Respondents were asked whether they had ever been tested for HIV, and if so, when was their most recent HIV test, and whether they received the results of that test. Later in the survey, respondents were asked about the results of their most recent HIV test. If they reported that they had tested positive, they were then asked whether they had, “received medication to treat your HIV called ART, or antiretrovirals, in the last 6 months”, and whether they were currently taking any medication received. The HIV testing models exclude those who reported that they were HIV-positive in the previous round. The antiretroviral treatment models are limited to those who reported that they were HIV-positive in the current round. As a result, the samples for models vary, and in some cases we are unable to assess program effects when the sample sizes are too small (for HIV treatment).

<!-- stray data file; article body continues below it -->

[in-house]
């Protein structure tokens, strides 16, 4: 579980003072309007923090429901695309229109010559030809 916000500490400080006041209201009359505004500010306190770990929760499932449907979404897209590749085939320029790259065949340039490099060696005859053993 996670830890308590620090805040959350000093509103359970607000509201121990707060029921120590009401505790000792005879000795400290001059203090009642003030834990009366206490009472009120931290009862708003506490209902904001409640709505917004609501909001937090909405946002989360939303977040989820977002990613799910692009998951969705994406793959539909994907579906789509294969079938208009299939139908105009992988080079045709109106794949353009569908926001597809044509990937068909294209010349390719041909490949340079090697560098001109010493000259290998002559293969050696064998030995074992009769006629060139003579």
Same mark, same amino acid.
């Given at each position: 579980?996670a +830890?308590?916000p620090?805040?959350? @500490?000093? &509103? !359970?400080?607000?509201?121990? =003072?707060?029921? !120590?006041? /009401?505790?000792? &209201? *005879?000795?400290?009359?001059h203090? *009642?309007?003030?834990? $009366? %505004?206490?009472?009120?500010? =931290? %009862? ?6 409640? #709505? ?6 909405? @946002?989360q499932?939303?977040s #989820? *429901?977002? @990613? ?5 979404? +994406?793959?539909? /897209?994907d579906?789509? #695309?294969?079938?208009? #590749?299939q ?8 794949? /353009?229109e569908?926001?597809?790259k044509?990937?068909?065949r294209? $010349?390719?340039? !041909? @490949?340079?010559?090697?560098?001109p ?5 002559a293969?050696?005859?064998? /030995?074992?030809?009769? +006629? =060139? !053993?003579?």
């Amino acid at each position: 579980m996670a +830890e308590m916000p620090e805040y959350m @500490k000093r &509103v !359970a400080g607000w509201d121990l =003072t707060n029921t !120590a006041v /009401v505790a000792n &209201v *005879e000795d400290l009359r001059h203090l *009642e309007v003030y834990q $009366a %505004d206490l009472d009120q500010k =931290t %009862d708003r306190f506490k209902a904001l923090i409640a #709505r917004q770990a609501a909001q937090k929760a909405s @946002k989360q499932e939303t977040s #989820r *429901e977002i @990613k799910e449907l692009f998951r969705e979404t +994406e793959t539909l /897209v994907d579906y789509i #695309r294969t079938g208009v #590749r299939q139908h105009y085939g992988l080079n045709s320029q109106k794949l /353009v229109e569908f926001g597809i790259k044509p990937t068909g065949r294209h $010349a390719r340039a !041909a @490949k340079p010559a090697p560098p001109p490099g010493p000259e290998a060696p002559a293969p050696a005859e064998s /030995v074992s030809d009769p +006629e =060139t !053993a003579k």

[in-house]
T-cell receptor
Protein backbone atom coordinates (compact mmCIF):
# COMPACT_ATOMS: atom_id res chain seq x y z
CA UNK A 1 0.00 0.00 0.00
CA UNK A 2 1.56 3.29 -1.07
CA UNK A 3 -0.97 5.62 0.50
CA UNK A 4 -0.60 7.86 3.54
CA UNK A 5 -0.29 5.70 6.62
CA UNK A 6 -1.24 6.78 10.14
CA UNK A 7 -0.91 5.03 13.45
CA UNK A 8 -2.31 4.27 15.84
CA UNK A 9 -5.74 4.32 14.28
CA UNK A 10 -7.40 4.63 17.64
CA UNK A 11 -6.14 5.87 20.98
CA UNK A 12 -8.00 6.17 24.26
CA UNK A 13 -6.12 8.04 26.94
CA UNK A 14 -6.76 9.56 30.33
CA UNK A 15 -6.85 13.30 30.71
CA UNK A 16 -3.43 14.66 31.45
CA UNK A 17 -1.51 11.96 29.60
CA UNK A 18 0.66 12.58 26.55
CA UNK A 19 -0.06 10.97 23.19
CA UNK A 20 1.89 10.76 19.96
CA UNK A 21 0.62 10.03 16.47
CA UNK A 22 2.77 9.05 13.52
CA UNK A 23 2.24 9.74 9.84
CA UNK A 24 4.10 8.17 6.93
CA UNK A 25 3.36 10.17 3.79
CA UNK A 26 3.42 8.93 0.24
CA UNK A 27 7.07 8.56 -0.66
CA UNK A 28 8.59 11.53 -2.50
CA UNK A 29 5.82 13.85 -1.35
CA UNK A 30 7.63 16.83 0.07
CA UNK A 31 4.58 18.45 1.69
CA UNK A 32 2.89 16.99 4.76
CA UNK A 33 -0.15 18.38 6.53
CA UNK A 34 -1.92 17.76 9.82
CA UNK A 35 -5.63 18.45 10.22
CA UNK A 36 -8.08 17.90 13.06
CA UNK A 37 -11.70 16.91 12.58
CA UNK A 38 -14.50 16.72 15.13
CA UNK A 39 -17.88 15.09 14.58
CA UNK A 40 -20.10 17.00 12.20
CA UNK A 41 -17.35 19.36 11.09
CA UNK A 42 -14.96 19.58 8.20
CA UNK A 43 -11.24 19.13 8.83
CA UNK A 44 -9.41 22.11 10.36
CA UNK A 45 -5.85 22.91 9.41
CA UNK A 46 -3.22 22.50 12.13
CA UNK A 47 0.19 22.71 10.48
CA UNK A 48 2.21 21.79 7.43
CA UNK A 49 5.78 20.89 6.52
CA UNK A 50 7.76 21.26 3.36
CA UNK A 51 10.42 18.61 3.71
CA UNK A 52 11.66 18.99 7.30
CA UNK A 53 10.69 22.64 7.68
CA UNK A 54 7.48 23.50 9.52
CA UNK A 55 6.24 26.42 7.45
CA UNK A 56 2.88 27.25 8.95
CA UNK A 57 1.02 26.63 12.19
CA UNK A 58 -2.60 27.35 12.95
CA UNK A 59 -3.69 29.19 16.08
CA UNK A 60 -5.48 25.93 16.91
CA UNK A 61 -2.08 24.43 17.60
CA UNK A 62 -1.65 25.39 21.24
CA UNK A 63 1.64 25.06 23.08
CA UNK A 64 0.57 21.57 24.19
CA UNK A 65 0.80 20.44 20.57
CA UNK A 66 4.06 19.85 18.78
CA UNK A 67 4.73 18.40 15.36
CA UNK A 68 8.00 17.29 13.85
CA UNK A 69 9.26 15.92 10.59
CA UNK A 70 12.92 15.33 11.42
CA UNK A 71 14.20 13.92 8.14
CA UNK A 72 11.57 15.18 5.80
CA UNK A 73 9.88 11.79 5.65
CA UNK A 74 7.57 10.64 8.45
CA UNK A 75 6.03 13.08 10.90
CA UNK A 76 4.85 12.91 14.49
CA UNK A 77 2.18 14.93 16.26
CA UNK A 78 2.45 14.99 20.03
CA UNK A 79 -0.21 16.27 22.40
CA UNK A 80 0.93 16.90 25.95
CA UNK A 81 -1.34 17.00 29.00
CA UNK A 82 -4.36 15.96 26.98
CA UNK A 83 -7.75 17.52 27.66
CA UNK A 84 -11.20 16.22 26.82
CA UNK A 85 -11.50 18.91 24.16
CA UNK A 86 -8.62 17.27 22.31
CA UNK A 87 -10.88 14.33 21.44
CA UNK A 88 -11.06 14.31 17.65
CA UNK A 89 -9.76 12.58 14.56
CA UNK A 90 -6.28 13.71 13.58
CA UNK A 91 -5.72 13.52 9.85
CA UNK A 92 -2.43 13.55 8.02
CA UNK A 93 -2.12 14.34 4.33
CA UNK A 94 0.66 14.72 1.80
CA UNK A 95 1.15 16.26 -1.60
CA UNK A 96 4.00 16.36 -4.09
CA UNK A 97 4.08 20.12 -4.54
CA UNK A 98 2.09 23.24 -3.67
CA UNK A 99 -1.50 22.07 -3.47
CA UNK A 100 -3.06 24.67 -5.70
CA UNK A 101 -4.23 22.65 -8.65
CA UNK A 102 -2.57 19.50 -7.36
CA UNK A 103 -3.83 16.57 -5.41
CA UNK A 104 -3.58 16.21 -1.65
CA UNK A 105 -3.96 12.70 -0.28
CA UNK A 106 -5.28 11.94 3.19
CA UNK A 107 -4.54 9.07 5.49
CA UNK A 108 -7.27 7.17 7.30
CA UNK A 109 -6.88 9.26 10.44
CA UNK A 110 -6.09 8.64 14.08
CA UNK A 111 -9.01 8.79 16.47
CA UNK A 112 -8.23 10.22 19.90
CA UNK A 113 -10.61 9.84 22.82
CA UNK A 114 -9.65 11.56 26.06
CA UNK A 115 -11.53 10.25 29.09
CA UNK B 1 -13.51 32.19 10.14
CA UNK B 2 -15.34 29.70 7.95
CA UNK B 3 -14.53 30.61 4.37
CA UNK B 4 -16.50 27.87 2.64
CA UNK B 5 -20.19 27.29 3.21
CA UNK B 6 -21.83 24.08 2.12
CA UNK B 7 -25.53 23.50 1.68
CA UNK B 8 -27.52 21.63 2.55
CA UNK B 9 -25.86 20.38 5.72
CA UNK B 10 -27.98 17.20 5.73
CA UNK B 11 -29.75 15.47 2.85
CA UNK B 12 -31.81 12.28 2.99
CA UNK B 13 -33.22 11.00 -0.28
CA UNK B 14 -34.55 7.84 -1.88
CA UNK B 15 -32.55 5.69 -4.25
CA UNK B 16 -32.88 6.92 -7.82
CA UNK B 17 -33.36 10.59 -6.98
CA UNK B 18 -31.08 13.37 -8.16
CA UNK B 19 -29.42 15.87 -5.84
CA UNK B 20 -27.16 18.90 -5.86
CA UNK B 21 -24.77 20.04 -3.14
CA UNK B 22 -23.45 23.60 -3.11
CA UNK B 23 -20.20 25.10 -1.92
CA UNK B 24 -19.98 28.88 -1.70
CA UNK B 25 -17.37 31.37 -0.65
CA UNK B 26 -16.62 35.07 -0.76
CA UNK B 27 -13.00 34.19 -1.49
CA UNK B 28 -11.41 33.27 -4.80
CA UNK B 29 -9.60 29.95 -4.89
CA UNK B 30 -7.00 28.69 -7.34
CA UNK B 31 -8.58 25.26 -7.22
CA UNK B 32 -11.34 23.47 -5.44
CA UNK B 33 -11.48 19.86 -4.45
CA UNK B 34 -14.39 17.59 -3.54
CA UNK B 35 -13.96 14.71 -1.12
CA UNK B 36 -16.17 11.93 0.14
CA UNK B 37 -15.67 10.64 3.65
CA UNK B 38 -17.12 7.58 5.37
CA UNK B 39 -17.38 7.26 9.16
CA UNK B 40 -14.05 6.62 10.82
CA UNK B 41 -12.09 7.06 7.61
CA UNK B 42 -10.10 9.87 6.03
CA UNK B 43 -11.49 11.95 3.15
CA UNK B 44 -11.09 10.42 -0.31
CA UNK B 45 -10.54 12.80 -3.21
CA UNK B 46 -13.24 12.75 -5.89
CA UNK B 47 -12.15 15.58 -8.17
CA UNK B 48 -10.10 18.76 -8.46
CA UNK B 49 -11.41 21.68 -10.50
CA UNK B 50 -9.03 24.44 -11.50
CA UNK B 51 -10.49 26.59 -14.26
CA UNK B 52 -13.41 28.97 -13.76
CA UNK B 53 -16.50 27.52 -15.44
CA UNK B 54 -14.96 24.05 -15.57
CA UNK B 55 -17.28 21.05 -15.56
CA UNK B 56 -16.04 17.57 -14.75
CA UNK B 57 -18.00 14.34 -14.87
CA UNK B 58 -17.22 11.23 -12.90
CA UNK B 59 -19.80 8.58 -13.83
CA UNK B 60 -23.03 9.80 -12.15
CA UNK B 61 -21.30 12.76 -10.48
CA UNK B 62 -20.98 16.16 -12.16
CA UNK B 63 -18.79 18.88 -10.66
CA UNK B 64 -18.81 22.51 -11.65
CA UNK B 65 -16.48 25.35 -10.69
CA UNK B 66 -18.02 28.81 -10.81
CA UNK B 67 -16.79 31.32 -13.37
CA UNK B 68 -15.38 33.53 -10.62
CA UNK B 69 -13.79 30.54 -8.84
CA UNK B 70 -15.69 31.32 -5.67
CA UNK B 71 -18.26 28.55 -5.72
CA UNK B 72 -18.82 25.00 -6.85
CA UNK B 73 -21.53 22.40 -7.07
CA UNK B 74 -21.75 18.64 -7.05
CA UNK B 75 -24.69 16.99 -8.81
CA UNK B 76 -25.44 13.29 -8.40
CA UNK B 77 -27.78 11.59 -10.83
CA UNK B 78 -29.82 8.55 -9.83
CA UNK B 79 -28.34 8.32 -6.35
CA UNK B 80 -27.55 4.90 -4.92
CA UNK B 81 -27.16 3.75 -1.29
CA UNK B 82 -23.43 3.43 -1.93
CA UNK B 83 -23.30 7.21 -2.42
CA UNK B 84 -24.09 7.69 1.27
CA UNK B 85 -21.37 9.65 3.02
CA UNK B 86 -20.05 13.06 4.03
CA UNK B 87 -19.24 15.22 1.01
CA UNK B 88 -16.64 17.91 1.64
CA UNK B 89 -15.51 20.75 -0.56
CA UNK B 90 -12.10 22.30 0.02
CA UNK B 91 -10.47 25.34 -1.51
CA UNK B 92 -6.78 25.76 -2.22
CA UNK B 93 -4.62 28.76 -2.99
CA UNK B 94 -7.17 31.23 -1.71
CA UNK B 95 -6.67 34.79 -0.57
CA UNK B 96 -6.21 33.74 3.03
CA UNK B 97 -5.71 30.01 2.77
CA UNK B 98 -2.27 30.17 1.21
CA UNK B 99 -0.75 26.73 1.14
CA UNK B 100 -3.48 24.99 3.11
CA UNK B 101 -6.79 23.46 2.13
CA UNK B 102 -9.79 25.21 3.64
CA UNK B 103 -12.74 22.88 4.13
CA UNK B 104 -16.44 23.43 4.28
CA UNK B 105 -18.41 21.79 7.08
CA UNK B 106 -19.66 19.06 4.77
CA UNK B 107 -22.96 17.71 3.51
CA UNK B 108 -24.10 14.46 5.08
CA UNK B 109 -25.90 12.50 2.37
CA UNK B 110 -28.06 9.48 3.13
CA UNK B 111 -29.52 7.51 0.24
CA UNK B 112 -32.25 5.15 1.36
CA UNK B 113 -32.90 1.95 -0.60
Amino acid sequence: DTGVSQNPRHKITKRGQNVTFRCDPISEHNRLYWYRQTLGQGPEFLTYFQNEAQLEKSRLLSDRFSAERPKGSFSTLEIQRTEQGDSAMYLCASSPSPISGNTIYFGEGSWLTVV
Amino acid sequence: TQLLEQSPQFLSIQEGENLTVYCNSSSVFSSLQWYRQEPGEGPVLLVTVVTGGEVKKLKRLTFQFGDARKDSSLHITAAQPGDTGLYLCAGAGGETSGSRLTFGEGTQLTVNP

Respondents were asked whether they currently had a “main or ‘straight’ partner”. If they said yes, they were then asked a series of questions about that partner, and the nature of the respondent’s sexual relationship with that partner, including condom use. After a series of questions about the “main” partner, respondents were then asked, “Do you have a ‘second partner?’ By second partner, I mean another partner with whom you have an ongoing relationship. If they said yes, they were asked the same questions about the second partner. Later in the survey, respondents were also asked how many partners, in total, they had had sex with in the last six months, by partner type (spouse, cohabiting, girlfriend/boyfriend, casual, etc.). If they responded that they had had sex with a casual partner in the last six months, respondents were then asked whether they used a condom the last time they had sex with a casual partner.